By now you are aware that SP2 is out for Windows Server 2003 and R2. I have already seen quite a few posts in the public newsgroups where people are not aware of a few things.


The Good


It is a really good idea to backup your system before you attempt any major update or service pack. Remember your backup is only as good as your restore. Or as Geoff N. Hiten SQL MVP and SQL God says “Until you test a backup by restoring, you don’t have recovery plan, you have a recovery hope.”


Another good idea, read the readme or release notes. They can be found here Release Notes for Microsoft Windows Server 2003 Service Pack 2.


Next and maybe most important is to check with your hardware vendor before installing. They might not support it yet. For instance Dell says they don’t have any reported issues, but EMC (A Dell partner) does not support it yet.


The Bad


You will have to take an outage to install this on your cluster. Please read How to install service packs in a cluster. Please note that this document has not been updated for SP2 yet. I won’t bring up the mess everyone had to deal with on Dell’s for SP1 (see http://www.dell.com/downloads/global/power/ps2q05-20050113-Callaway.pdf or better yet http://msmvps.com/blogs/clustering/archive/2005/06/28/56167.aspx).


The Ugly


I remember growing up as a kid and going to Circus World and getting a small usually square white box with question marks all over it. They sold these for $1.49 – $2.99. The more you paid, the better the crap they put in. Installing Service Packs from just about any vendor is exactly like this. You really never know what they have changed, thrown in, made better or worse.


Always test a service pack install on a test cluster. Bad things happen when you test with production servers.


 


Good luck and keep me posted on your experiences.

What I learned at the MVP Summit last week – and I can tell you about!

The 2007 MVP Summit in Redmond/Seattle was awesome. Lots of great content. Here is what I learned:


1) SQL 2005 can cluster with Standard Edition (ok I knew that). What I learned was that you can have multiple SQL instances (that run on 2 nodes only) within any size cluster. So, if you have a 4 node cluster you can run 2-3 instances with multiple copies of SQL 2005 Standard Edition. Cool! Think of the savings.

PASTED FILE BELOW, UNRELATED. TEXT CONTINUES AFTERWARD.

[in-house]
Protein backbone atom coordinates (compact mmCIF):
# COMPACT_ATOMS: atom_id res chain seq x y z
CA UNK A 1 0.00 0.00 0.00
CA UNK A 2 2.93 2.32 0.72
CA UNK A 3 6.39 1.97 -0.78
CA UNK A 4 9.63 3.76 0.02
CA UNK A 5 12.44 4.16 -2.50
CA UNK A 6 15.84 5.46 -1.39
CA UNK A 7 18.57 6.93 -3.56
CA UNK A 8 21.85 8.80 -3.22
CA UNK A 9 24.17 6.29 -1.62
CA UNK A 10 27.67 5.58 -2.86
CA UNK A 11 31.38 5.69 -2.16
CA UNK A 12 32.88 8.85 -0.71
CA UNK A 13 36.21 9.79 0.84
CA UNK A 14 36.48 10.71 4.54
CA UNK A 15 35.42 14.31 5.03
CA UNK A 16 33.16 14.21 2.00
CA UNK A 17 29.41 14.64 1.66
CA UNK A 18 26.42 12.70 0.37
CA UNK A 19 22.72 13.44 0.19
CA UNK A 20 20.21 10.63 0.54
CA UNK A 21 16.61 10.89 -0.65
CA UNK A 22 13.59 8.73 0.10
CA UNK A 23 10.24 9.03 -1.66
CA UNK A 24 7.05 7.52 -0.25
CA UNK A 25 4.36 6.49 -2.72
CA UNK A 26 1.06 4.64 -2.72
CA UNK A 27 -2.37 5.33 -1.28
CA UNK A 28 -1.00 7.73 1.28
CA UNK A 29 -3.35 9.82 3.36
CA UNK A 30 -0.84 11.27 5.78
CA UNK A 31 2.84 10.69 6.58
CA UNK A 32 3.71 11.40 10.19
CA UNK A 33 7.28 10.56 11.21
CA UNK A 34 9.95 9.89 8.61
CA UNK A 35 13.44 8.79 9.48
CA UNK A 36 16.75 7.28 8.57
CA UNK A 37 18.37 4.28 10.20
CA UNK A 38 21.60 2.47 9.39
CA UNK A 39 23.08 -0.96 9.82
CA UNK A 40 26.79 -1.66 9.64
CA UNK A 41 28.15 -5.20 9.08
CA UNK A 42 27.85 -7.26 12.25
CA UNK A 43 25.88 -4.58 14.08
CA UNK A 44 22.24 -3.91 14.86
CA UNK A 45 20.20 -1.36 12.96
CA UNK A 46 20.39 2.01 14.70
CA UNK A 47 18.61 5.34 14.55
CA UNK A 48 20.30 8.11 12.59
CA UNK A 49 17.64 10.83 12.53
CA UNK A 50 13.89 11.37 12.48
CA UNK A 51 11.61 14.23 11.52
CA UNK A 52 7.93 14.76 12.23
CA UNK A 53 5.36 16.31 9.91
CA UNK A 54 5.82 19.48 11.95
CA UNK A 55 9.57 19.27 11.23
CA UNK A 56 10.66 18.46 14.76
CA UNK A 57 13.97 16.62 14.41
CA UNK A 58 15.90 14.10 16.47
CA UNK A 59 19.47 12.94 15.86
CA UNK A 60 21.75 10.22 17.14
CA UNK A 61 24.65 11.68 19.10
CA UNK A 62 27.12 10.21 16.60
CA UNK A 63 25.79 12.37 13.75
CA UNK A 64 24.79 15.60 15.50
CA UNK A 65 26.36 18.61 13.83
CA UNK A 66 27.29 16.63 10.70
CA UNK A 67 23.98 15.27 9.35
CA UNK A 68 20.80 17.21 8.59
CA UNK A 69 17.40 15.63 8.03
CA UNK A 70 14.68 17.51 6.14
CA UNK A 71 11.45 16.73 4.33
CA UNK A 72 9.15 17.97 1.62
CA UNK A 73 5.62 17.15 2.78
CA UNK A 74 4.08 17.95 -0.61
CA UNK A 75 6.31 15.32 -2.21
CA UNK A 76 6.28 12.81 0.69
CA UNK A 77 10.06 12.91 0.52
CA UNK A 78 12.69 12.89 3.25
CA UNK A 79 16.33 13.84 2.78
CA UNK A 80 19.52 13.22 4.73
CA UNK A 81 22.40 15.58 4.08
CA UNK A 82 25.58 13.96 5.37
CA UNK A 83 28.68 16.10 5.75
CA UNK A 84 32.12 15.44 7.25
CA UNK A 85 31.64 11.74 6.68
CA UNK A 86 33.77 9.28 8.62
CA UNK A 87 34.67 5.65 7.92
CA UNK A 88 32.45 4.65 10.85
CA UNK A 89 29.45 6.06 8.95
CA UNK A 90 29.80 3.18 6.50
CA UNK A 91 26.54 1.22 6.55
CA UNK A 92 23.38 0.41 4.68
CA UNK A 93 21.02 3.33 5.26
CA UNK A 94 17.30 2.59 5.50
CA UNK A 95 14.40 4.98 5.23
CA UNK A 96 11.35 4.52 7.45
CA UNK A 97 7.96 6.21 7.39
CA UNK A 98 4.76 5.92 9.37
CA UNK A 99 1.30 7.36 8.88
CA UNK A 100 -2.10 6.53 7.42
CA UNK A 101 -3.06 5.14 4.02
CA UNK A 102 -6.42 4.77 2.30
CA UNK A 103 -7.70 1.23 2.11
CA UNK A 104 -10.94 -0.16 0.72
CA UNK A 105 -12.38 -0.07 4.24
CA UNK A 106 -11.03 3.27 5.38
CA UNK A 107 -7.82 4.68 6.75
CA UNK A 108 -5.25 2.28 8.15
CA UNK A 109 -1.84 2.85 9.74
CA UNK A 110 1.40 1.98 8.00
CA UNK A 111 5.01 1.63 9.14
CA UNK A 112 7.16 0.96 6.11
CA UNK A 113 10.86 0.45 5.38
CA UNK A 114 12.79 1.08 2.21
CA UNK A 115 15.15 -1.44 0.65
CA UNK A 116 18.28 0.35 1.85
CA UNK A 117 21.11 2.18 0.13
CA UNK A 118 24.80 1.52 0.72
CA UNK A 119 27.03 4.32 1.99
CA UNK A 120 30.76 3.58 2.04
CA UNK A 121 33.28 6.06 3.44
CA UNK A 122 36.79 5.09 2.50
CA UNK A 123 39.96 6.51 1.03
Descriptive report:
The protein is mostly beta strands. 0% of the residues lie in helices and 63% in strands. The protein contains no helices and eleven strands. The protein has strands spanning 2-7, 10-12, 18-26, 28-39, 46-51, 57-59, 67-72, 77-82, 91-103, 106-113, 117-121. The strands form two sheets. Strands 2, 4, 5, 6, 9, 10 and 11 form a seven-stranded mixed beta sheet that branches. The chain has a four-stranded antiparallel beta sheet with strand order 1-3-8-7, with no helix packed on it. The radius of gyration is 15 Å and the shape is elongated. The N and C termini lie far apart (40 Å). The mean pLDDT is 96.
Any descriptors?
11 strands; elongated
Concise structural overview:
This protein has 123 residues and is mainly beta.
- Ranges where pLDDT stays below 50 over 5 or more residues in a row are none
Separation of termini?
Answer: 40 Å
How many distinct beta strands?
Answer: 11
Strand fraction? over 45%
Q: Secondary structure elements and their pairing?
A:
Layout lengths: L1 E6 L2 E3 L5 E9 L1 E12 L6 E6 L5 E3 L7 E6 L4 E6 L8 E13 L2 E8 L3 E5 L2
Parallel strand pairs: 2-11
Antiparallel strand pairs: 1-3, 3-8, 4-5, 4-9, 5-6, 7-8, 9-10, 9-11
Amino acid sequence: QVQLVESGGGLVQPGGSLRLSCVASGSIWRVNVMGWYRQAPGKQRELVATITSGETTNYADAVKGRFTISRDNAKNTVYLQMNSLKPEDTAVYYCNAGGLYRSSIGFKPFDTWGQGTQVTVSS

2) Exchange 2007 Clustering is way cool and different, but in a good way.


3) Windows Server 2003 can support GPT – http://support.microsoft.com/kb/919117 – and volumes larger then 2 TB in size!!! Rumor has it Longhorn will also allow this.


4) Windows Server 2003 SP2 did not add anything compelling for a cluster. Check with your hardware vendor before deploying to ensure full support.


5) Windows 2000/2003 clusters can restart resources after a set amount of time – http://support.microsoft.com/kb/228923. This KB is for 2000 and 2003, I know it’s old but I just found out about this feature (I was not the only Clustering MVP that had no idea).


6) Windows Server Codename “Longhorn” Failover Clustering will be very different, but again in a very good way. Come to my Tech Ed 2007 session in Orlando, Florida to learn a lot more!

My Tech Ed 2007 Session – Top 10 Microsoft Windows Server Codename "Longhorn" Failover Clustering Enhancements over Windows Server 2003 Clustering, Based on Best Practices

I was chosen again this year to speak at Tech Ed 2007 – http://www.microsoft.com/events/teched2007/default.mspx


Here is the abstract:


Be the very first to learn about Windows Server codename “Longhorn” Failover Clustering. Are you using Windows Server 2003 Clustering? Are you following best practices? In this session we explore Windows Server codename “Longhorn” Failover Clustering by comparing it to Windows Server 2003 Clustering based on current best practices. The session begins with hardware configuration issues, concerns, and best practices—then and now. Next, we explore operating system configuration issues, concerns, and best practices. Then, we move on to the cluster service, and finally applications. After this session you will look forward to deploying Windows Server codenamed “Longhorn” Failover Clustering.

 

I hope to see you there!

Surviving the Windows Server 2003 Cluster Bomb, Part II

I can’t believe it. Just when you think it’s safe to go back to reading the web… Part II  of the worst clustering article of all time is out. Back in July (http://msmvps.com/blogs/clustering/archive/2005/07/21/58509.aspx) I wrote how bad Part I was. Several months later Part II came out and I missed it. A former ClusterHelp.com student asked what Russ and I thought of Part II.


Russ, summed it up nicely (http://msmvps.com/blogs/clusterhelp/archive/2006/06/23/102671.aspx) and I won’t restate what I wrote about Part I – even though it still fits. Let’s just say I hope there is not going to be a Part III.

Having problems installing SQL SP4 on a SQL 2000 Cluster?

Verify that there are no dependencies or extra resources other than those created by the SQL Server setup on any of the SQL Server cluster resources. Resources such as file 
shares, print servers, etc.must always have a unique network name and an IP address resource. You must remove any such non-default dependencies before you install SQL Server 2000 SP4. No dependencies other than those supplied by the SQL Server setup should be used.


For example, if you have MSDTC resource in the SQL group and if MSDTC is 
dependent on SQL Server Network Name and SQL IP Address then you may have 
this issue. If this is the case then you will need to remove the dependencies and then try running the setup again.

If you still have the same problem, then the next step will be to review 
the logs. I would start with the sqlsp.log (created on the node where you 
ran the SP4 setup).

SQL Server 2000 Service Pack 3, Service Pack 3a, or Service Pack 4 
pre-installation checklist for SQL Server 2000 virtual server for failover 
clustering
http://support.microsoft.com/?kbid=811168